Foundation grant-making up in 2013/14, remains below pre-crash levels

Children’s Investment Fund Foundation joined the top three UK charitable foundations by value of grants awarded in 2013/14, according to new research.

Wellcome Trust topped the list with £487.7m in giving in the year to September 2014. Comic Relief followed with £103.05m granted in its financial year, which ran through July 2013.

The Association of Charitable Foundations published the research, the latest in a series of Foundation Giving Trends studies led by Cathy Pharoah of the Centre for Giving and Philanthropy at the Cass Business School. Pears Foundation substantially supported the work.

Children’s Investment Fund Foundation’s £68.63m, given over the 12 months to August 2013, saw it overtake Leverhulme Trust which slipped to fifth spot with £50.50m giving in the year to December 2013. Garfield Weston Foundation held fourth place in giving £53.44m in the year to April 2014.

The study found foundation grant-making rose to £2.5bn in 2013/14, from £2.3bn in the previous corresponding period. Over 65 per cent of this year’s top 300 foundations increased their giving.

Foundation giving to charitable causes grew by £146m, as foundation income grew 3.6 per cent to £2.8bn. The report attributed the increase almost entirely to improved investment returns.

However, in real terms grant-making was still well short of the £2.9bn (adjusted) that was given prior to the financial crash of 2008.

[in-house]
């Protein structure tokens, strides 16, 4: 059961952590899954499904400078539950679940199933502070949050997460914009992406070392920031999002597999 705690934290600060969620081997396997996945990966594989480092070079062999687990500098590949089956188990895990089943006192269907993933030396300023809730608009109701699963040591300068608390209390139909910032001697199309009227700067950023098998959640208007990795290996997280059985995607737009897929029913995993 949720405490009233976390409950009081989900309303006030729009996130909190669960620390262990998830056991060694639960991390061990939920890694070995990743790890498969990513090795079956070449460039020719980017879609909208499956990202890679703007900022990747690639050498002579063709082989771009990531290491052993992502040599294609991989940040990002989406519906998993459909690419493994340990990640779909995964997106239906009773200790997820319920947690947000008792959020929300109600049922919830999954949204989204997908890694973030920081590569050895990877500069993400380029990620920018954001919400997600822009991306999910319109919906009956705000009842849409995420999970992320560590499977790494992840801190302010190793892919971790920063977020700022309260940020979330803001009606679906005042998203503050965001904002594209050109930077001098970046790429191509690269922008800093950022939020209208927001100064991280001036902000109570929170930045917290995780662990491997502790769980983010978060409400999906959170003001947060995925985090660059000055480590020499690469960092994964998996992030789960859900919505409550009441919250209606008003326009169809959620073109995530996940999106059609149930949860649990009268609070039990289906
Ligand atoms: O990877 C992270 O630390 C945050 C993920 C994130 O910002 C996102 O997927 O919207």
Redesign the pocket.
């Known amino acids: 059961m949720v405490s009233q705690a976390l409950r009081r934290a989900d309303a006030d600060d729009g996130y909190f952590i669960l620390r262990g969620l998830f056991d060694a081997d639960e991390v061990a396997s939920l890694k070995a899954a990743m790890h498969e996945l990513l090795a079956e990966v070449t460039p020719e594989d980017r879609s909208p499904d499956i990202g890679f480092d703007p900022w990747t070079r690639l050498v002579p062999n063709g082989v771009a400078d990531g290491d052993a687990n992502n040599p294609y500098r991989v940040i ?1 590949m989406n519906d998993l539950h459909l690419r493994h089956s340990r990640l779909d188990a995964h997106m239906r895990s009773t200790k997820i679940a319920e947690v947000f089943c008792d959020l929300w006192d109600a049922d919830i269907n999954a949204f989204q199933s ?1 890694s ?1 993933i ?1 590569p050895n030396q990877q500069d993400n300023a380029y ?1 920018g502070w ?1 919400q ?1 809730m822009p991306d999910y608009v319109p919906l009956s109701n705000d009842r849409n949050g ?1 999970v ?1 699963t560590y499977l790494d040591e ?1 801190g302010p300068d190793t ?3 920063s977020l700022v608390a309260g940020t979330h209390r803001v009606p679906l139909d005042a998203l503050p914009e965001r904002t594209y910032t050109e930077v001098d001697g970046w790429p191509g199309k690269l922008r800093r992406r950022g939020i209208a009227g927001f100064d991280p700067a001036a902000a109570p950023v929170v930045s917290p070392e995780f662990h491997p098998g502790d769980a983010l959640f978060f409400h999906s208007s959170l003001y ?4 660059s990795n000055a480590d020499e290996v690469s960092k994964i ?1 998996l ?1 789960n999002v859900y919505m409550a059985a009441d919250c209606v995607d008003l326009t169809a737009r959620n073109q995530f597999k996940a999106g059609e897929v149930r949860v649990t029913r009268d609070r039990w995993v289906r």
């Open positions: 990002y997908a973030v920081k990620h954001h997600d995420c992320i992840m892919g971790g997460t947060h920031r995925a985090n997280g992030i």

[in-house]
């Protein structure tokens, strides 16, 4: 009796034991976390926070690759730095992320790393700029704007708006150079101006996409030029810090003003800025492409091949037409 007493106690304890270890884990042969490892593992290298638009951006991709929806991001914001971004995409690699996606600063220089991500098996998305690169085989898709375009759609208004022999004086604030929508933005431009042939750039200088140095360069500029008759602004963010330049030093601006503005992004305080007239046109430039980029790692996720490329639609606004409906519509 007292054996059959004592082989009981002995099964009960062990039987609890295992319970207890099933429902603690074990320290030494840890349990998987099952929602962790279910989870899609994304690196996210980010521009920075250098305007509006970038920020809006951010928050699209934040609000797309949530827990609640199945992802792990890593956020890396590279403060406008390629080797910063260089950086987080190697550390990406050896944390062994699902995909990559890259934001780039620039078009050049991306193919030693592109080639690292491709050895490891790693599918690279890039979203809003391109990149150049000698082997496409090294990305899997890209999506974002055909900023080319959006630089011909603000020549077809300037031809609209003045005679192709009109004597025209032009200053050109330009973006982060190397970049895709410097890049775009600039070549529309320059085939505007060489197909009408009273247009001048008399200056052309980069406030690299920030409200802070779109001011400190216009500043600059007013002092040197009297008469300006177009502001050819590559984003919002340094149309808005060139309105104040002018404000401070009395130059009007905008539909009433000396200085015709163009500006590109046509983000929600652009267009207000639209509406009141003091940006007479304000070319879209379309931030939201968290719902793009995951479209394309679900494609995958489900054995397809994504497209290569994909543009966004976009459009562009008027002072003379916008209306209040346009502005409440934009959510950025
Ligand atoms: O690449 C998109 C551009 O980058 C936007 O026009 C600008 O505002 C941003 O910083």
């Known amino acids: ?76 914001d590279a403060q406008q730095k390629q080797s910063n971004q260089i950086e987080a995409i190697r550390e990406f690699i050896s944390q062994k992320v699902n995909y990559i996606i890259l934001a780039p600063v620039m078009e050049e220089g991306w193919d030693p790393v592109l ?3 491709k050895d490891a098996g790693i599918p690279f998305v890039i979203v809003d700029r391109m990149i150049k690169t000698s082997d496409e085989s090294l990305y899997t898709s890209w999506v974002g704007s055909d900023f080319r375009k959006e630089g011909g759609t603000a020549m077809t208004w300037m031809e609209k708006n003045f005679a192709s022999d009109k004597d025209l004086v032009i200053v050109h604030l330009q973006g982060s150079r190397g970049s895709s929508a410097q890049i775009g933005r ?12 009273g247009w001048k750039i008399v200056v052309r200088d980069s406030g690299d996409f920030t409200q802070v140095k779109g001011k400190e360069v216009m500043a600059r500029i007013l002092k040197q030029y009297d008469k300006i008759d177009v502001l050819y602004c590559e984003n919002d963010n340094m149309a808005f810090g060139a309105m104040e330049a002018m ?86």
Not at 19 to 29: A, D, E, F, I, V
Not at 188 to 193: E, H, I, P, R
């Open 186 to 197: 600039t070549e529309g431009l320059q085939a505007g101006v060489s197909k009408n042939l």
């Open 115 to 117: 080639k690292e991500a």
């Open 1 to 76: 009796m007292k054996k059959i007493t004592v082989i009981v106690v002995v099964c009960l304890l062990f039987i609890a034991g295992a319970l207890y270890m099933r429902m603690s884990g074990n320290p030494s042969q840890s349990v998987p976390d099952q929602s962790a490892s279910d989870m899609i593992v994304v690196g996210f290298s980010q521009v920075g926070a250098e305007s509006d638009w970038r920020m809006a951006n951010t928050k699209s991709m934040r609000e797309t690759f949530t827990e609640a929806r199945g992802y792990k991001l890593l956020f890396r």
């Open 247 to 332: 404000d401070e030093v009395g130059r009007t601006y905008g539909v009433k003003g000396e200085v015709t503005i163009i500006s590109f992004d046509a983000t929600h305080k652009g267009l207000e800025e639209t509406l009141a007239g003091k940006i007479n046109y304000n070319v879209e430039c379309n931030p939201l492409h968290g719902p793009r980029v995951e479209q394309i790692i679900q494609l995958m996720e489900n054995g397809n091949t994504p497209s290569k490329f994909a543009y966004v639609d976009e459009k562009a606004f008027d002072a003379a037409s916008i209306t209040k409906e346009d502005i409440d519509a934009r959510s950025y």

Professor Cathy Pharoah said that better data on philanthropy is increasingly vital.

“It helps provide a realistic context for assessing the feasibility of political aspirations for the role of private philanthropy in public welfare provision. We also very much want to know whether philanthropy is growing at a time of increasing private wealth, but continuing social inequality.”

An ACF spokesperson said in a statement that the “vital research” will help provide insight into patterns of change, to help philanthropists, practitioners and policymakers make better decisions.

“This year’s findings are broadly positive, demonstrating the resilience of the foundation model, which at its best is the most transparent, intentional and efficient way of transforming private wealth into public benefit,” the spokesperson said.

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